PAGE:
In a passionate piece in The Atlantic that criticizes all corners of our current political world, Eliot A. Cohen diagnoses us all as suffering from a character crisis. While there are many “forces and phenomena in play,” he writes, “it is character that remains the issue that confronts us in almost every story about national politics . . . ”
“Of all the elements that constitute character, courage is the essential one. Physical courage is in part innate, in part something that can be inculcated by training and experience. The courage to take responsibility emanates more naturally from ambition. What is rarer and more difficult than either is moral courage.”
“As historian Allan Nevins put it, ‘moral courage is allied with the other traits that make up character: honesty, deep seriousness, a firm sense of principle, candor, resolution.’ And of moral courage there is an unquestioned deficit today—in the halls of Congress where the Republican Party has yielded what once were its values to an adventurer in the White House; in a White House presided over by a bully and a braggart who infects even upright generals with his breathtaking dishonesty; in universities where administrators and faculty yield to student mobs baying to be protected from uncomfortable ideas and unpopular individuals, and elsewhere.”
However, research from the Institute for Advanced Studies in Culture over the last five years would suggest that this crisis of character has been a long time in coming. Dr. Jeffrey Dill, in the “Interview Report” for the 2012 “Culture of American Families” report, noted that “. . . throughout all of the interviews—3,500 pages of transcripts—the words ‘character’ and ‘virtue’ were only used a total of 26 times by 12 different respondents (by way of contrast, the word ‘independent’ and variations of it were used 173 times by 60 respondents). We intentionally did not ask about character directly because we wanted to see if it would emerge organically. Parents clearly cared about the character of their children, but instead of using words like ‘character’ or ‘virtue,’ they used descriptive words like ‘good heart,’ ‘nice,’ ‘self-respect,’ and ‘self- reliance.'”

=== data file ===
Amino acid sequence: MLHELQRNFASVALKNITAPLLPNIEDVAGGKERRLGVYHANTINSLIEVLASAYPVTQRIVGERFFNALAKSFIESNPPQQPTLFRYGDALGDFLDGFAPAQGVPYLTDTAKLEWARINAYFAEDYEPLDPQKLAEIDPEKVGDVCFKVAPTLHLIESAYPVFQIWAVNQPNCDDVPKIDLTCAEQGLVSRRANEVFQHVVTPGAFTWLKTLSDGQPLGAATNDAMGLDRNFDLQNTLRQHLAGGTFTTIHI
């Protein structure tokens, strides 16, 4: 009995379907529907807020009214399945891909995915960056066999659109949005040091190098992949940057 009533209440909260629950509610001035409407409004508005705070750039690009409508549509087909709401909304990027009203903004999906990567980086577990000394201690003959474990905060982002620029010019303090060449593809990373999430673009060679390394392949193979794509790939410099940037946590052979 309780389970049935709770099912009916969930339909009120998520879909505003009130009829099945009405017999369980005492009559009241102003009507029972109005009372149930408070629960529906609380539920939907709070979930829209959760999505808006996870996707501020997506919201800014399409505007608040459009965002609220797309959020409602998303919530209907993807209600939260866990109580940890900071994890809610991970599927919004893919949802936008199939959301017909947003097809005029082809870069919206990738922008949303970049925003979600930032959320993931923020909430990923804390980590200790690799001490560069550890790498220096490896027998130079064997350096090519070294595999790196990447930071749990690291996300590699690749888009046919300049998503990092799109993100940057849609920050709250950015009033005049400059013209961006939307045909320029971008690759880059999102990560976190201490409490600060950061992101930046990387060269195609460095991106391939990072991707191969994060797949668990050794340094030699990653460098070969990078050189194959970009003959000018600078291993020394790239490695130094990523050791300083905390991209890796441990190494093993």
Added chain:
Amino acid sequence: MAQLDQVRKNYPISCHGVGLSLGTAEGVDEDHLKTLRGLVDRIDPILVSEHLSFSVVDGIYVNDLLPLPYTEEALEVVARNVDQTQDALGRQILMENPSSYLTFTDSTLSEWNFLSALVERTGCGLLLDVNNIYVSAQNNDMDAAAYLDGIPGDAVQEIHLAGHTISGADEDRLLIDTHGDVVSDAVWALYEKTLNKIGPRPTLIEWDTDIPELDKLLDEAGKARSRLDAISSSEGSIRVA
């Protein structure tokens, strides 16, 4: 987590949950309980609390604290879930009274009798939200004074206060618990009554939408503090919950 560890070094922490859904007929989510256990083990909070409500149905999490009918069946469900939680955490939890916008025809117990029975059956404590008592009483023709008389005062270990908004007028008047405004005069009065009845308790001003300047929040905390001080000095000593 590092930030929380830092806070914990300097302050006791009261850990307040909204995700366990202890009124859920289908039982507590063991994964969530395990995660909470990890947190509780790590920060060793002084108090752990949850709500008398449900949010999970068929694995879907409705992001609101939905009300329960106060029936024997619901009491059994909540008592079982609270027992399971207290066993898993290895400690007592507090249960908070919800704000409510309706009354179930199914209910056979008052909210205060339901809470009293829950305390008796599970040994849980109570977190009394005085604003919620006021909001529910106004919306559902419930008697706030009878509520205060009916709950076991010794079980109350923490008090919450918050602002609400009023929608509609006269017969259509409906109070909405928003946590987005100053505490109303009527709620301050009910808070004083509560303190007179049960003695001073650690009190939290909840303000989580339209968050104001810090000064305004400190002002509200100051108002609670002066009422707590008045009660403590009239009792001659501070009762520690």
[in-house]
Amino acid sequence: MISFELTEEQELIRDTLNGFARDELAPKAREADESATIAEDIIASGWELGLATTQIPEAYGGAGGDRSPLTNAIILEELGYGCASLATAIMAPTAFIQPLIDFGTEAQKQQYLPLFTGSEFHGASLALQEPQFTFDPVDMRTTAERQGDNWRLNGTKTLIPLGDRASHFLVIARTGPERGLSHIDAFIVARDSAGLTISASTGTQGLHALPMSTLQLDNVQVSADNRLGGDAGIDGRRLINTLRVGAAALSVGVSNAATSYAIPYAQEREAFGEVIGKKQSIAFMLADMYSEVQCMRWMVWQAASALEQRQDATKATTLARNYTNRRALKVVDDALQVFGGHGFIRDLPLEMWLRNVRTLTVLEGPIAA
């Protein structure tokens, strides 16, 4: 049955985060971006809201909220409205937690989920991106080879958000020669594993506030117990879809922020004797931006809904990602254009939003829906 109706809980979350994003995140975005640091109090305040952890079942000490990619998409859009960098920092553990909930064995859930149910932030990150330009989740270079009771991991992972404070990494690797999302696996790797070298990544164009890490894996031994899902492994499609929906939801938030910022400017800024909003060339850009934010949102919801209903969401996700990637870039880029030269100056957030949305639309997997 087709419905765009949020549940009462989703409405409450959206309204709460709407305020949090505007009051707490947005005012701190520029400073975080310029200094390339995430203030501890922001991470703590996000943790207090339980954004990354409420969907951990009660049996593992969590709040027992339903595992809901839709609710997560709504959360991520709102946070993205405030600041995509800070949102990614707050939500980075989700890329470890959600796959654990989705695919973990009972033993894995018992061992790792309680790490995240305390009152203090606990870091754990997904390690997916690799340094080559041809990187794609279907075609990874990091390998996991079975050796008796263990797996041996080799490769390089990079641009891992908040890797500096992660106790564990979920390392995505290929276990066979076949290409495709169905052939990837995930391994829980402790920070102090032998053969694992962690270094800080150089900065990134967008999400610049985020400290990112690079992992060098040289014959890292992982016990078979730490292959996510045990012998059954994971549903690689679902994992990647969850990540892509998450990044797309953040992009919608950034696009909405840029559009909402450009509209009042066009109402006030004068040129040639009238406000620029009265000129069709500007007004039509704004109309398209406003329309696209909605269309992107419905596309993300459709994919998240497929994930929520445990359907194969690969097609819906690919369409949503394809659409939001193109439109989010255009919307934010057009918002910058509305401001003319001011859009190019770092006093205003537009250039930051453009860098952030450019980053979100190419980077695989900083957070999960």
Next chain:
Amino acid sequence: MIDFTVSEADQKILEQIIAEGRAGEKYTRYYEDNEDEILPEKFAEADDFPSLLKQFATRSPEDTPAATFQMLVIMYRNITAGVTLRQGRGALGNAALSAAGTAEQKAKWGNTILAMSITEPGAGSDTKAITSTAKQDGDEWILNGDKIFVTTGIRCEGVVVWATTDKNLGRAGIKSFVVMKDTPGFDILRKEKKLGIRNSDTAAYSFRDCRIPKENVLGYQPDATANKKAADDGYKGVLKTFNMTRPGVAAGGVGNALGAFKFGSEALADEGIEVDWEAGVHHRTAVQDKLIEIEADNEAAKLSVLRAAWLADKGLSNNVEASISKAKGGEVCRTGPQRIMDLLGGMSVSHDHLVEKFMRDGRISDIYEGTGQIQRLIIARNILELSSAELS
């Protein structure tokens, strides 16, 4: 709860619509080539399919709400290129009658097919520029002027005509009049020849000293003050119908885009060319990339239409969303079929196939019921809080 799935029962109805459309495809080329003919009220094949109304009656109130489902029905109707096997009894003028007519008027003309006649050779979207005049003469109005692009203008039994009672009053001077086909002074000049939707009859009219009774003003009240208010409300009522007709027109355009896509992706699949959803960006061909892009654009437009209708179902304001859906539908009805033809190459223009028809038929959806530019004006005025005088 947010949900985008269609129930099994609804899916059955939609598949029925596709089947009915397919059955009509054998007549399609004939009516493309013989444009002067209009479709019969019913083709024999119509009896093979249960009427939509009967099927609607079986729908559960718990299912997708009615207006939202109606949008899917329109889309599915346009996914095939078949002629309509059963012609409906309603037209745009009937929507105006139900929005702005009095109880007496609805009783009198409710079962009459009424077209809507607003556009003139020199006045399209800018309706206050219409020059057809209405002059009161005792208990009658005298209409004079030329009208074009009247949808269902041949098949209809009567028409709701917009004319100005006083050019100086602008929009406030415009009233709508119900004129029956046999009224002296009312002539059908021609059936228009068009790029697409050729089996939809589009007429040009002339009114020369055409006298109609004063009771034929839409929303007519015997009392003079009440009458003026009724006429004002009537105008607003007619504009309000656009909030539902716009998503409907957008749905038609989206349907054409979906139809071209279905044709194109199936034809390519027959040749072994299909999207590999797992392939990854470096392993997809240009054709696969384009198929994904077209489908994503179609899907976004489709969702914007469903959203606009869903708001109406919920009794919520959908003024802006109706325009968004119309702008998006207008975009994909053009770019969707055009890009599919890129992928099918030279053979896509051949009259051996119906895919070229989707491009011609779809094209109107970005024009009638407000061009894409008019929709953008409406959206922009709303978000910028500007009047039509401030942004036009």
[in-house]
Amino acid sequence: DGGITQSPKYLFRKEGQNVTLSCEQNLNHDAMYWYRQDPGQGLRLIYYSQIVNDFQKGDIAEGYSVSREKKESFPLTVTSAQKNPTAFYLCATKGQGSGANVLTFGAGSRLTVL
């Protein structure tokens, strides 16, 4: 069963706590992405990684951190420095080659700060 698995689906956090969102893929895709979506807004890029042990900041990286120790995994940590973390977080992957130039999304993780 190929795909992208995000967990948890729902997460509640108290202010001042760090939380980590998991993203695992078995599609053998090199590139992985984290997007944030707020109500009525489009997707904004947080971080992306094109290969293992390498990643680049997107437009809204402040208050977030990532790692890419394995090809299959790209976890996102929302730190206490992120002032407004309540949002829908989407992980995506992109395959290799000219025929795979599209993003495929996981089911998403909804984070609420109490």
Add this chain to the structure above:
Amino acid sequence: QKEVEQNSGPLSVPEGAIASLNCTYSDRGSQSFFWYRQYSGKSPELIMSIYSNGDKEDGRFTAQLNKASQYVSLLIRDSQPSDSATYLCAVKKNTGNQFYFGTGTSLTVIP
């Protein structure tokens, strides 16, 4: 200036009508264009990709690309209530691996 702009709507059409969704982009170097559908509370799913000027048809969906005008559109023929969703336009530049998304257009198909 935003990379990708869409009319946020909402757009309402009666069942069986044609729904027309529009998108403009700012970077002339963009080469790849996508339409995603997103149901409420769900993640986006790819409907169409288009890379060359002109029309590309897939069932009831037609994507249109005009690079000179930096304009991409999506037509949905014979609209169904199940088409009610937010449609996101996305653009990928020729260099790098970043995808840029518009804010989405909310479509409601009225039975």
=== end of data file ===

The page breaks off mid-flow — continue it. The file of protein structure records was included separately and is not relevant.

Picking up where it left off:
“Are these words adequate substitutes for ‘character,’ ‘virtue,’ ‘humility,’ ‘patience,’ ‘wisdom,’ or ‘courage’? That is difficult to measure, but words and language do convey meaning and ultimately shape human perceptions of reality. The words we use have the power to create the worlds we inhabit . . . This is especially true in the context of socializing the young. The words parents now employ . . . connote softer, more individualistic, and therapeutic meanings. We might think of them as less commanding or authoritative. The tension—or paradox—lies in the gap between the authority required to do what parents say they want—to form their children into the right kinds of people—and the language they use to describe it.”
Cohen concludes his essay by urging us “to recover an admiration of imperfect civic courage by flawed people, even in occasionally dubious causes. That is best done by returning to our own history, not in a spirit of hero worship, but of respect for the virtues that make free government possible. It is an educational motif out of style, and desperately needed.”
One way of doing that is to read the stories that can be found in great literature, both for children and for adults. In those stories we will find the embodiment of character in which we can participate, stories that give us a purpose greater than we find within us. Another resource is available from the Jubilee Centre: a secondary school lesson on the virtue of courage.